all_of_it

The Princeton Companion To Applied Mathematics.

 

 

 

 

 

 

 

Dare think, keep on going, and be carried forward on wings of math muse.

References

Fixing a broken zipper slider. Fill your boots

slider_bigger

Do it yourself

This post is a little be unexpected, but nevertheless it may be useful to some of the readers of this blog.

The issue is that last weekend while having fun with my family outdoors I was skillful enough to brake the zipper slider of one of my beloved winter boots. Even though the boots weren’t new and showed early signs of wear and tear replacing them with a new pair of similar ones would cost me about 115 CAD. I knew that throwing the old boots only because of a broken slider wasn’t an option, so I resorted to trying to reattach it myself without first watching how to do it on the YoutTube. The result wasn’t encouraging, so I watched a couple of videos there, the most useful, I’ve attached at the bottom of the post. Following the video advice I ended up with a zipper slider in a really broken state as in the image above.

A fork stuck in the road

Having found myself and the boots in this awkward situation, the options were to buy a couple of new zipper sliders of varying sizes. The issue was I wasn’t sure what slider to chose on the Internet, since there were quite a few, and frankly speaking, I’m not a shoemaker expert. I was curious enough to notice that some descriptions for sliders had a Vislon term in them. So I searched for it and hooray a number of posts clarified that a zipper is more then meets the eye, and there are some things to know about them before any purchase.

Zipper sciences

Zippers have a number of distinct physical parameters:

  • Type
  • Size
  • Markings or absence of which
  • Lock mechanism

Below comes a more detailed description of each parameter.

Types

It turns out that there are two kind of zippers: Vislon and Coil. While the Vislon zipper has distinguishable teeth, the Coil more resembles a coil, hence its name.

zippers_shape

 

Sizes

As for the sizes, zippers are numbered starting from #1 to #10. The sizes are measured in inches or millimeters.  When the size is measured in a following fashion as it’s shown in the image below

size_zippers

To find a mapping from zipper number to zipper size, and vice versa, in inches/mm search the Internet.

Roughly it’s

Markings

If you think that determining the size of your zipper is easy, it’s yes or no.

Best case scenario – good markings

There are zippers, such as YKK that have proper markings on the back side of the zipper slider. Where the number, for example 5, stands for the zipper size number and CN or VS/V post-fixes stand for the zipper type. CN stands for Coil type and V/VS stands for Vislon type. In the image below it’s size number 5, Coil type YKK zipper slider.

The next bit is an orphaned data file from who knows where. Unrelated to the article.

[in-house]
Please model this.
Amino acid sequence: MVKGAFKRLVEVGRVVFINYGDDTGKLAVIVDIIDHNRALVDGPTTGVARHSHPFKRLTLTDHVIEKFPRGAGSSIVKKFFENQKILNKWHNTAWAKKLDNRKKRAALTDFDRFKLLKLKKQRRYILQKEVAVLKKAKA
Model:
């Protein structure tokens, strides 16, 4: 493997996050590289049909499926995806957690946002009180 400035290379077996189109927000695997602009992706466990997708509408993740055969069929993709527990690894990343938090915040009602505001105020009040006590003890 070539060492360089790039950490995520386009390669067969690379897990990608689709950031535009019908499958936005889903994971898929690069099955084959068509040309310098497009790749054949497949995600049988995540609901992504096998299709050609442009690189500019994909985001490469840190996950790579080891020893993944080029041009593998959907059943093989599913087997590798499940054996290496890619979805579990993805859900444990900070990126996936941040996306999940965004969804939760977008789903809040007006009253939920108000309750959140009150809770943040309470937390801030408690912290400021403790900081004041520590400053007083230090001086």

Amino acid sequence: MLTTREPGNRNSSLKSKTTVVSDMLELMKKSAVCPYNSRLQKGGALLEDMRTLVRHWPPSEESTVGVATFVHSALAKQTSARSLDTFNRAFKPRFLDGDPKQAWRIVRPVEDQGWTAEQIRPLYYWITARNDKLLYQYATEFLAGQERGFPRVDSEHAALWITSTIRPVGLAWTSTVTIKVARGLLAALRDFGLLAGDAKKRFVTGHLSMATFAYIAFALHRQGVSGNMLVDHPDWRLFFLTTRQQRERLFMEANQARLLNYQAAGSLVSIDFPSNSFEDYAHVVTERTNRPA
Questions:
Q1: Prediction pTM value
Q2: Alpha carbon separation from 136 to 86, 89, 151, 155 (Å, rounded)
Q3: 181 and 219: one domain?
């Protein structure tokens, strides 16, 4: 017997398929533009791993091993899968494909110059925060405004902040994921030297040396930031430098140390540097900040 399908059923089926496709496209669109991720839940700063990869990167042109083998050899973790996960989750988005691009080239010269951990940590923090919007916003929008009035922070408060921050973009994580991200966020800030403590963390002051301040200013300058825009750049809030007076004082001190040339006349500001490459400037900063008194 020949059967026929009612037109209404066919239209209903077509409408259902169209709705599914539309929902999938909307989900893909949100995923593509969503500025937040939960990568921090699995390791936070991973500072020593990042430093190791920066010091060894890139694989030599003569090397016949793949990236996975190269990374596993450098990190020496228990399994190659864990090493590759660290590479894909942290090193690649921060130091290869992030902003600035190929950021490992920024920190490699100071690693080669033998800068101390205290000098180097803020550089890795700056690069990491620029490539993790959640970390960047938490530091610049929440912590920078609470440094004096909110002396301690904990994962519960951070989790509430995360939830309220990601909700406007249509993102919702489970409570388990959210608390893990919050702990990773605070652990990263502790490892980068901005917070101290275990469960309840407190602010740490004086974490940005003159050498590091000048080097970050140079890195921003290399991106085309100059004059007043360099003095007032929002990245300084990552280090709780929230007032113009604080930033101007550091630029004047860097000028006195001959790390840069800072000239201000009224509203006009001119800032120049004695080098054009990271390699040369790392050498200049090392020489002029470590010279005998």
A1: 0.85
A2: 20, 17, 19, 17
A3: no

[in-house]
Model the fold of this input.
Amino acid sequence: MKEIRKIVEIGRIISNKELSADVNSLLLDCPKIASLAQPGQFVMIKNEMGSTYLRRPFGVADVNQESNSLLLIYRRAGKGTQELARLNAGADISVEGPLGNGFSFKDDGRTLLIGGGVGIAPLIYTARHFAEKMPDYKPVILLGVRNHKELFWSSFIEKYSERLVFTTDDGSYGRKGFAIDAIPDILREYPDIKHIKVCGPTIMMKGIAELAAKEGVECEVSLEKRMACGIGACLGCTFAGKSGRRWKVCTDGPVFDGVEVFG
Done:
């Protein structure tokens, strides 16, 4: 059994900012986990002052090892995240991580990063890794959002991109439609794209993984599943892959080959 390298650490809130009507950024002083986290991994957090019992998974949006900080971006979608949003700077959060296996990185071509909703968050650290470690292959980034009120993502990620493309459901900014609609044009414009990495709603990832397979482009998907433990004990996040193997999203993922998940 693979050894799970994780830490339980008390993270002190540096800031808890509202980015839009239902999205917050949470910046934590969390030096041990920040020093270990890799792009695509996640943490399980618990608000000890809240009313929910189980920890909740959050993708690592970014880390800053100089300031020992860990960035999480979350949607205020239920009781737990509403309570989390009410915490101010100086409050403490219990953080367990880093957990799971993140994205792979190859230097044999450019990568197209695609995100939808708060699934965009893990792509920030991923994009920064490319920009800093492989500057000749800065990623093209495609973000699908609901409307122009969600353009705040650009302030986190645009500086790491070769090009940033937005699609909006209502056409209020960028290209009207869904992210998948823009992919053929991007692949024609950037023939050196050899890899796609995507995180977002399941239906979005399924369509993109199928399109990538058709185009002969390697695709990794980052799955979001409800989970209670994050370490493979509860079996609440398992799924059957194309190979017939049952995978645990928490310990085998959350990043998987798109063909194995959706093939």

ykk_marking

So – so scenario – some markings in unexpected places

Some zippers have no apparent markings, but upon thorough investigation it can be found at the front side of the slider like on the image below, which has size number 8 shown (though it resembles a letter B in this case)

marking_on_the_side

 

No markings – use your engineering skills, i.e. the ruler

Since the slider on my boots was a stealth one, it had no markings, I resorted to measuring the size using a good old ruler. And it measured to about 6.5-7 mm which could be size #6 or #7.

Locking mechanism

Some zipper sliders have a retractable pin or other means to lock the slider in place to prevent it from sliding. Other zippers can’t have this functionality and are plain non-locking sliders. My broken slider had the pin configuration as in the image below.

lock_pin

 

An ideal solution

Having watched on the YouTube a couple of video tutorials on how to reattach a slider or attach a new one, I got that it wasn’t gonna be an easy task. So I searched a little bit more and found a kind of ideal solution.

As you would expect the robust solution should be adjustable and easy to install zipper slider. The good news are that there is such a thing already in three sizes to rule them all. It’s a FixnZip.

This FixnZip consists of two metal parts that are easily install-able and work just like it should provided you had a correct size for the boots in hand. Actually, it is applicable to jacket, bags and other kinds of zippers. 

So in the end having the small size FixnZip for 25 CAD saved me about 90 CAD spared on not buying a new pair of boots. The lesson is do it yourself, and be happy.

shoes

 

References